Minimum-Time Paths for a Light Aircraft in the Presence of Regionally-Varying Strong Winds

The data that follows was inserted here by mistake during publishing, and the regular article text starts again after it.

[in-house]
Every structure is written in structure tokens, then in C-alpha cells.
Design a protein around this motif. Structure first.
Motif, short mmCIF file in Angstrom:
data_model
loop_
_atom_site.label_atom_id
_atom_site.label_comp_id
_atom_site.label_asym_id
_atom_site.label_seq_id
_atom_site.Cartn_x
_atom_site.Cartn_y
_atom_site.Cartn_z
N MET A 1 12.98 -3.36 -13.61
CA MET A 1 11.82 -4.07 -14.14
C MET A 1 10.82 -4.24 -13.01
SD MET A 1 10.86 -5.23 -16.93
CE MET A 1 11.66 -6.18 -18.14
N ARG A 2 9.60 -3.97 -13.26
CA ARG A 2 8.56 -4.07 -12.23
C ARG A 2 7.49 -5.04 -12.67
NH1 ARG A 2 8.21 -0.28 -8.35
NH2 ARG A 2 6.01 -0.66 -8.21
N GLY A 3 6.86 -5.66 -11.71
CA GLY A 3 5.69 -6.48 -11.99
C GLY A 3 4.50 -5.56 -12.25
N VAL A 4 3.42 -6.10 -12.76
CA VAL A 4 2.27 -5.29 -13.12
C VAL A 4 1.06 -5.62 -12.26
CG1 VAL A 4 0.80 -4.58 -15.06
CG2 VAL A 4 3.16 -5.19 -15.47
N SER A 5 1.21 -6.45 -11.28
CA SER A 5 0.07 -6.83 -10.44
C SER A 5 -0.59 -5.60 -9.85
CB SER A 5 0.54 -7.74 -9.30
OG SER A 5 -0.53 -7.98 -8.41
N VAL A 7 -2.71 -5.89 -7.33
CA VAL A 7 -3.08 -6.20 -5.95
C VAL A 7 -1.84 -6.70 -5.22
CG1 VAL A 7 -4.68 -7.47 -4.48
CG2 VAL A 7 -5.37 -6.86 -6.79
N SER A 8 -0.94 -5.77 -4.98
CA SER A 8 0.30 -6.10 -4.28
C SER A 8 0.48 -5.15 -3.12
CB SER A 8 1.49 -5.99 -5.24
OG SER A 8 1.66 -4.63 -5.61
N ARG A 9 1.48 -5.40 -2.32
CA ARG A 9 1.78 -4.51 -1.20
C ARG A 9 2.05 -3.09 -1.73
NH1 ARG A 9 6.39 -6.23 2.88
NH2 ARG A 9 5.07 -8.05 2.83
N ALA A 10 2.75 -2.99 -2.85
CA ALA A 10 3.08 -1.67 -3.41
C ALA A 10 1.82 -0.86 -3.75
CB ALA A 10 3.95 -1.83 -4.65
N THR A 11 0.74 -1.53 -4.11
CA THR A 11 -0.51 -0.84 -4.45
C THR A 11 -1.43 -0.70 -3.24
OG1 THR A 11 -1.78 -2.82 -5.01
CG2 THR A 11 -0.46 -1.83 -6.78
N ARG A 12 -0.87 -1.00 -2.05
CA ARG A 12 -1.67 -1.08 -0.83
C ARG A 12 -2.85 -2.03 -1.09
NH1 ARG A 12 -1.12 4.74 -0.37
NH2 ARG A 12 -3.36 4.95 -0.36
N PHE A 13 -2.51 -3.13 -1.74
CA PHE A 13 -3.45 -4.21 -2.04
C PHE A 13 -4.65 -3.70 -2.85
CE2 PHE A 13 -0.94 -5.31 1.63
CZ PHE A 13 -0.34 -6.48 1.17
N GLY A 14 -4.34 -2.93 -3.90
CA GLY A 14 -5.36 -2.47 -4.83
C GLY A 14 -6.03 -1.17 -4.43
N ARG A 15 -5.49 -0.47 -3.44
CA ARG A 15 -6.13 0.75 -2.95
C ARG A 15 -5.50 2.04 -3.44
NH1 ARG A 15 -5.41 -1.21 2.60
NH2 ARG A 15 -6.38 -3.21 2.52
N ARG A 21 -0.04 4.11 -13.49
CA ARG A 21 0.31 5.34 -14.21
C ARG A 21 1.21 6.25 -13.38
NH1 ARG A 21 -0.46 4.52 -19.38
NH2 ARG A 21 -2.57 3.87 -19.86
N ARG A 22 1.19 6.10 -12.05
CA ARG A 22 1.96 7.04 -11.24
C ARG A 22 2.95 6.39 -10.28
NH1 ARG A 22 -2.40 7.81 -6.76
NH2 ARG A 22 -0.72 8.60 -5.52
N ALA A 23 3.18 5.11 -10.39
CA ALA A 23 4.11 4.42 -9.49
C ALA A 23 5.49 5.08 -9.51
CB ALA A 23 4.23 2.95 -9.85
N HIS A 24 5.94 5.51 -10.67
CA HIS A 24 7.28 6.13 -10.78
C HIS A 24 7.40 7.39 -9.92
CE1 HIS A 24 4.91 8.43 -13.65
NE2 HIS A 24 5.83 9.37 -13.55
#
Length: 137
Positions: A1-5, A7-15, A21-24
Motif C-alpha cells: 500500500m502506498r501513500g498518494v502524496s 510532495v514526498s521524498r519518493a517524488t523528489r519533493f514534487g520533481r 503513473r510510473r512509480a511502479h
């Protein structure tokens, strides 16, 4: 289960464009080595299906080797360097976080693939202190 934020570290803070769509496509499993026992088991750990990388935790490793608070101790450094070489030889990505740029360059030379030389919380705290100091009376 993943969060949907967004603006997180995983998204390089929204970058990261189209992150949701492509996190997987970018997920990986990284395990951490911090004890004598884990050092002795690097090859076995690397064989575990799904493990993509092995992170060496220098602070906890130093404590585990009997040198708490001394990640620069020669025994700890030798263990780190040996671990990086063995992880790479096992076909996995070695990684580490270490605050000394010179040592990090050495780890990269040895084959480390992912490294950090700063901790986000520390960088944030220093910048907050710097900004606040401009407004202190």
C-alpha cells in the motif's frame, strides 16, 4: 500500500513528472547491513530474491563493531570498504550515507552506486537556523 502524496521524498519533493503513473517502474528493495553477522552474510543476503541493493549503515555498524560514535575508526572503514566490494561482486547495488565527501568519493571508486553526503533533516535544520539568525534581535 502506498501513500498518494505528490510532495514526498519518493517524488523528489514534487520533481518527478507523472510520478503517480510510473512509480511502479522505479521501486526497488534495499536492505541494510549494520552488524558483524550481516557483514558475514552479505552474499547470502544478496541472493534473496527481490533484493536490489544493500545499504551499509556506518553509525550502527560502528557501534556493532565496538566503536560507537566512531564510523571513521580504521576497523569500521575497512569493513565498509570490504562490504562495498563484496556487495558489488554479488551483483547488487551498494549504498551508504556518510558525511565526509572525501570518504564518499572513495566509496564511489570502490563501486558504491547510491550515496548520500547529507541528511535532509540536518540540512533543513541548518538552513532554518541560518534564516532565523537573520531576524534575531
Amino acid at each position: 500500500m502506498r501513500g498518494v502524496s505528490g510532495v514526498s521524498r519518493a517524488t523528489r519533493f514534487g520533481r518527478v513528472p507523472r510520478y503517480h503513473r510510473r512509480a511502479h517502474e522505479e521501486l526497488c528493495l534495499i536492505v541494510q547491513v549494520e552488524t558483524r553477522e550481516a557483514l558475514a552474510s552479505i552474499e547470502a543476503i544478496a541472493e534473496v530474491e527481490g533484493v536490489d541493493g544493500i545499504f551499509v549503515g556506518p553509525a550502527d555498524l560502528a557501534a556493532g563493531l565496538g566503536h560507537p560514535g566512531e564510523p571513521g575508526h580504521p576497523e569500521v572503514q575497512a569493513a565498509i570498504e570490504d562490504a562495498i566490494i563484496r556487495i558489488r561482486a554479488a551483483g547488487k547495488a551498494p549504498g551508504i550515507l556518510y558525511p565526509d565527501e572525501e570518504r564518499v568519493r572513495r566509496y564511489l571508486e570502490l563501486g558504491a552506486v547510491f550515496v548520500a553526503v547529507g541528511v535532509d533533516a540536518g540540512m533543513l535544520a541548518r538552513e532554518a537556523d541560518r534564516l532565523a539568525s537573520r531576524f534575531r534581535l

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We consider the minimum-time path-planning problem for a small aircraft flying horizontally in the presence of obstacles and regionally-varying strong winds. The aircraft speed is not necessarily larger than the wind speed, a fact that has major implications in terms of the existence of feasible paths. First, it is possible that there exist configurations in close proximity to an obstacle from which a collision may be inevitable. Second, it is likely that points inside the obstacle-free space may not be connectable by means of an admissible bidirectional path. The assumption of a regionally-varying wind field has also implications on the optimality properties of the minimum-time paths between reachable configurations. In particular, the minimum-time-to-go and minimum-time-to-come between two points are not necessarily equal. To solve this problem, we consider a convex subdivision of the plane into polygonal regions that are either free of obstacles or they are occupied with obstacles, and such that the vehicle motion within each obstacle-free region is governed by a separate set of equations. The equations of motion inside each obstacle-free region are significantly simpler when compared with the original system dynamics. This approximation simplifies both the reachability/accesibility analysis, as well as the characterization of the locally minimum-time paths. Furthermore, it is shown that the minimum-time paths consist of concatenations of locally optimal paths with the concatenations occurring along the common boundary of neighboring regions, similarly to Snell’s law of refraction in optics. Armed with this representation, the problem is subsequently reduced to a directed graph search problem, which can be solved by employing standard algorithms.